The Soundrunner, the passenger ferry from Seattle to Kingston, stopped running due to engine problems and some political dispute with King County, which is a bummer. I learned this from chatting to one of the operators of the boat over a whiskey while I was naively waiting for the 6:00 running. They plan to start-up again by spring. Since I was out at the land without my trusty rusty pick-up, I opted to spend a few nights in the Yome, sadly, Christy-less. The upside of the adventure, aside from some unseasonably warm weather, was the opportunity this gave me to meet some locals and start getting to know the community we intend to become a part of. Homesteading and sustainable living, in our opinion, is as much about being active members in a community as it is about the choices and projects you make on your own. Not to mention the wells of information you can tap into just by taking your head out of the sand!
Through conversations at one of the local bars I've learned that it will be easy for us to sell our extra produce at the nearby farmer's markets! Laura the Lesbian Landscaper (tm) informed me that Rye Grass would make a nice ground cover for areas we aren't farming and don't want to mow. There's even a local woman who is happy to bring her horse out to the land to munch on our overgrown grasses in exchange for the, uh, fertilizer. I also learned that Alder trees, which we are flush in and can't really use for building or burning, are currently going for more money than cedar or fir! Apparently this is due to some curing process that makes them harder and desirable. Anyways, we've probably had half a dozen big Alders fall over in the wind this winter, and have a dozen more that should probably come down soon. We never considered them to be marketable timber, so we're excited to think of them as a revenue source for MFW! That, along with our farmer's market stand, is starting to make life on the land without 9-5 day jobs all the more attainable!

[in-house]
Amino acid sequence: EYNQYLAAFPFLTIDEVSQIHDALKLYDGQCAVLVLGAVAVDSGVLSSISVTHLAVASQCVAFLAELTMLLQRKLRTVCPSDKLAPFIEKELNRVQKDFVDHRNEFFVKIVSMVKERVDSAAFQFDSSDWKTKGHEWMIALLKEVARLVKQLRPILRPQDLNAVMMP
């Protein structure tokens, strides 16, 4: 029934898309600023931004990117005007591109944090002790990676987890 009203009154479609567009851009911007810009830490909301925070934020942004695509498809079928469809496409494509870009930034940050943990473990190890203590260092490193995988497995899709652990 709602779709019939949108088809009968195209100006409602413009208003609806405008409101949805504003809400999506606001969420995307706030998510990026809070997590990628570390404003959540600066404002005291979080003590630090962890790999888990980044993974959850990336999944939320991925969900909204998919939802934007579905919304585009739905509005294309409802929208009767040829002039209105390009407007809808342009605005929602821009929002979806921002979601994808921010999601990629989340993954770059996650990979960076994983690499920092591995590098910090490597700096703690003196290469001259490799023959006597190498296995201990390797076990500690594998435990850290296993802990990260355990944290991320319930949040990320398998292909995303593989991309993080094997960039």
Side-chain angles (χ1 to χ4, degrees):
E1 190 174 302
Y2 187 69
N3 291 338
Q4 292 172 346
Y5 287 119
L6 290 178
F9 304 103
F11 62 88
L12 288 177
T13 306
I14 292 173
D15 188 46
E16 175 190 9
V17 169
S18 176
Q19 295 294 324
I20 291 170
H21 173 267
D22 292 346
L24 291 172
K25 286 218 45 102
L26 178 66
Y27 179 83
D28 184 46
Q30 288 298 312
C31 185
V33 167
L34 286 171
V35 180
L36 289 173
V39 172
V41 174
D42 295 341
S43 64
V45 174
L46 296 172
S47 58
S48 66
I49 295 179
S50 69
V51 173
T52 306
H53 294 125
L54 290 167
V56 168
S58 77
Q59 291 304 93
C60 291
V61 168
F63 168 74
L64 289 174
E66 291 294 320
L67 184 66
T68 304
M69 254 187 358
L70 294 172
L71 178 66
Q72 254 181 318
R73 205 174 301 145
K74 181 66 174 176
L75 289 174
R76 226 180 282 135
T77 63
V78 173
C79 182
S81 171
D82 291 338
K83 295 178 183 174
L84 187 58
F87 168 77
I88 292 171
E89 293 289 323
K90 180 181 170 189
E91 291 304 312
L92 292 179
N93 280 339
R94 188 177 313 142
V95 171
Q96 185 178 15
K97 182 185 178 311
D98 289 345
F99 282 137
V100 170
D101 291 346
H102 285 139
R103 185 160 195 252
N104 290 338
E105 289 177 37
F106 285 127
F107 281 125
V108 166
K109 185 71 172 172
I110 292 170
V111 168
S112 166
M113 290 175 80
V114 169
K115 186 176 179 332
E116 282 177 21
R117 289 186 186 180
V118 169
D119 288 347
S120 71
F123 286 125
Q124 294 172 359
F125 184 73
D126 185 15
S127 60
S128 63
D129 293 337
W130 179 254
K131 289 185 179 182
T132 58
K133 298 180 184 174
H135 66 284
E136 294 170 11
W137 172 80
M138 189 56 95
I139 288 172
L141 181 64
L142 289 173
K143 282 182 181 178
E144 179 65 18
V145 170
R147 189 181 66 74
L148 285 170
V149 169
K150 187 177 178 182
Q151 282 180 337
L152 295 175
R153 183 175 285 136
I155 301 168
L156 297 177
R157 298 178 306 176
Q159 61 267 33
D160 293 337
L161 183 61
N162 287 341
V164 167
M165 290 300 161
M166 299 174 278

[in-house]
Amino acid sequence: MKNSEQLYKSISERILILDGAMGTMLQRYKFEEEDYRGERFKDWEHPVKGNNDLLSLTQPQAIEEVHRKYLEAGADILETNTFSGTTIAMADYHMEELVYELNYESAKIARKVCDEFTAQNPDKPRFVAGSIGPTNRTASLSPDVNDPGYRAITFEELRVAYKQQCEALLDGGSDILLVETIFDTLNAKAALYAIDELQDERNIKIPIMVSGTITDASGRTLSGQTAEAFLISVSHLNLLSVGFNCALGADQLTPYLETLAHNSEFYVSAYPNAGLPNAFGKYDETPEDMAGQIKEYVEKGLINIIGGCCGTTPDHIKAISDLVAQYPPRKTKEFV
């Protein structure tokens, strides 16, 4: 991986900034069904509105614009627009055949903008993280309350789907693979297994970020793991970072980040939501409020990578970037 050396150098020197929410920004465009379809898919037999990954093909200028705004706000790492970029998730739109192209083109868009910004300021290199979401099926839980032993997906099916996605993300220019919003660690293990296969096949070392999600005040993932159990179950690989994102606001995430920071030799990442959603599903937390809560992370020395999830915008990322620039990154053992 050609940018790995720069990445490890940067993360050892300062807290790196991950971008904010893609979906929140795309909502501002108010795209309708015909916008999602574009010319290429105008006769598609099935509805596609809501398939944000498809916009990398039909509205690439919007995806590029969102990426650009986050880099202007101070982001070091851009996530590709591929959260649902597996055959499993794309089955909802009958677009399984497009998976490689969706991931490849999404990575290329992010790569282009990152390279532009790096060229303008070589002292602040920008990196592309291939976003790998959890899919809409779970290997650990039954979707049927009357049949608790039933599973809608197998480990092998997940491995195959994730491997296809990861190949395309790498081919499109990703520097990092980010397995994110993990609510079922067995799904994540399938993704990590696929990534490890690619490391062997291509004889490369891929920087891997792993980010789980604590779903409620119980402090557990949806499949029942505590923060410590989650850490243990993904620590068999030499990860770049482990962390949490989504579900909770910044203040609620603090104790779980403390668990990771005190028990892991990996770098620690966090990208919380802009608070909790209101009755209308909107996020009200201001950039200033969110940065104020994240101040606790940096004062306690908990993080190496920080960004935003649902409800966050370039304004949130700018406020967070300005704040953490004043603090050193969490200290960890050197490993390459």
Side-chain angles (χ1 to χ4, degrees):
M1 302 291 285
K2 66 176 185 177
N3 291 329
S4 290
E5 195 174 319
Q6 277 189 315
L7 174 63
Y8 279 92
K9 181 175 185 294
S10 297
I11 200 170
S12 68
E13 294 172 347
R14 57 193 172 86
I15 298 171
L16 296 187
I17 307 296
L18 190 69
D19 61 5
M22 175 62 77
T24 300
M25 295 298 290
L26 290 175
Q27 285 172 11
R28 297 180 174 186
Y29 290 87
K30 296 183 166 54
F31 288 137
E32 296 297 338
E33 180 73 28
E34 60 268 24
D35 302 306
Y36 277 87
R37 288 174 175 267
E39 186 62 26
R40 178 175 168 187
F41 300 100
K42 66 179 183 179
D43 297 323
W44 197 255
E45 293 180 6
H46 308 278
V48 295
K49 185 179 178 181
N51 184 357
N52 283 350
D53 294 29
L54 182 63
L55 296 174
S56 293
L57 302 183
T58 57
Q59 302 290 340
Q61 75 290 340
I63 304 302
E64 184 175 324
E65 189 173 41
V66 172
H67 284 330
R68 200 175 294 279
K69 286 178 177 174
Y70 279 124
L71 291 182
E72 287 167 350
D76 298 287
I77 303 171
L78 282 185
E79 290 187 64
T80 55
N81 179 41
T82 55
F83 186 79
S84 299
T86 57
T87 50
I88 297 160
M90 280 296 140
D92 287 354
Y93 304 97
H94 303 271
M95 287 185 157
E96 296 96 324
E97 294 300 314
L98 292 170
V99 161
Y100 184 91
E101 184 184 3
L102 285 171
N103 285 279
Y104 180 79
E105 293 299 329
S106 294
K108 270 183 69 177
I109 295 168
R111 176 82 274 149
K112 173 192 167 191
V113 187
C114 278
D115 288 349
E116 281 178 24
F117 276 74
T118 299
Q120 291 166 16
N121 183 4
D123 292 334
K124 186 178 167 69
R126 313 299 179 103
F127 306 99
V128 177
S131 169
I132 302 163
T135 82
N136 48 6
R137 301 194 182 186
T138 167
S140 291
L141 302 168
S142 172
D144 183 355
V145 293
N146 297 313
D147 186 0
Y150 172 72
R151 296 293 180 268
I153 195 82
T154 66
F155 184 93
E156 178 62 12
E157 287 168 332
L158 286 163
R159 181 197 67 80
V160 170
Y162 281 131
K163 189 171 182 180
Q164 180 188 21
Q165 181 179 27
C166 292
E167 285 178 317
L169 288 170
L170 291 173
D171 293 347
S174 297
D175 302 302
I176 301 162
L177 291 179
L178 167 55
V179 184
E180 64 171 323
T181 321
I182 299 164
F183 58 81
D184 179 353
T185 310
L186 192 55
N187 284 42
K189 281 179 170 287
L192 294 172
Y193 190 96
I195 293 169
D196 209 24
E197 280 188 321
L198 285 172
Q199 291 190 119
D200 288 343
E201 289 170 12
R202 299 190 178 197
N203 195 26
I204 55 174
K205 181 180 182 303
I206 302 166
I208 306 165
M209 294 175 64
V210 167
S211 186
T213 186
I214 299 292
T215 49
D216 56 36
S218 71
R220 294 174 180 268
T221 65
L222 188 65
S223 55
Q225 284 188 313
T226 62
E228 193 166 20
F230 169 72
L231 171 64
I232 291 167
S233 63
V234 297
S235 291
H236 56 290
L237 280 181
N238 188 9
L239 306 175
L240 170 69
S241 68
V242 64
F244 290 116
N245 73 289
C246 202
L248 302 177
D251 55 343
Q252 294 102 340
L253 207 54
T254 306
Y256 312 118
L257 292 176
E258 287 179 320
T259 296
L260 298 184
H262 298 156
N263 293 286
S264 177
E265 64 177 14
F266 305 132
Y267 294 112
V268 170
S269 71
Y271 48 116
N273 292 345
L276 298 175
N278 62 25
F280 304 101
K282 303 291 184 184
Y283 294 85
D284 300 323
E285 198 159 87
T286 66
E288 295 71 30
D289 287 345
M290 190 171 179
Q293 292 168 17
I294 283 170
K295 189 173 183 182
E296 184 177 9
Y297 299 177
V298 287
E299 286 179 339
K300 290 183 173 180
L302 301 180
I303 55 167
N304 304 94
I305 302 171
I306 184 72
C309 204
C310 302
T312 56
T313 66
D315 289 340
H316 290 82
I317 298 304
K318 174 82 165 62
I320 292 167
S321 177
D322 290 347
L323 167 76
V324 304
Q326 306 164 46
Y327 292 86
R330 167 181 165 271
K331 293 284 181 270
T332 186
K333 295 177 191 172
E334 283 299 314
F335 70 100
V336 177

On top of all this, we have some younger neighbors renting out one of Dane's rooms (four rentals in two houses next to us here-to-fore referred to Danelandia) who are not only OK with looking at our greenhouse (they're the only people who can see us), but are excited to help us out in the garden! We plan to meet and have dinner with the other peoples of Danelandia when Christy and I are next yomeward bound. Our neighbors to the west are a bartender and a carpenter who own 20 lovely acres and a some funny looking miniature horses, donkeys and mules who stop by from time to time, and are also very friendly and have a portable mill we intend to help operate!
Good to know we have friendly people around! Through some blog surfing, I came across someone who calls herself "KitsapFreedomGardener", and has a wonderful blog called the Modern Victory Garden. A new term for an old idea, and a like minded individual for sure. Excited to find someone homesteading on our tiny peninsula, we shall attempt to befriend said gardener. The website has a ton of helpful information on gardening, particularly in our climate.
Speaking of community, let's talk James Green. James is a good friend of mine from way back in high school in Southern California. He went to UC Santa Cruz around the same time I headed north. He and a friend stopped by MFW a couple months ago and helped us put the greenhouse together. Charmed with our area and undertakings, and done with Santa Cruz (a town with a time limit, from numerous sources), James is planning to come up here and get his hands in our Northwest dirt to partake in the laborious, and hopefully rewarding experience of forging a modern day homestead! We have plans to build a cabin in the back 40 of the land for him to stay warm in while becoming the first participant in the Mellish Fields West Intern and Slave Labor Program (tm). I have visions in the future of more cabins for people to stay in, perhaps on weekends and sunny summer days to help garden in exchange for produce, or just hang out and enjoy the scenery.
All in all, our concerns of being lonely once we move out to MFW full time are starting to subside. Really though, I couldn't ask for much better company than Christy.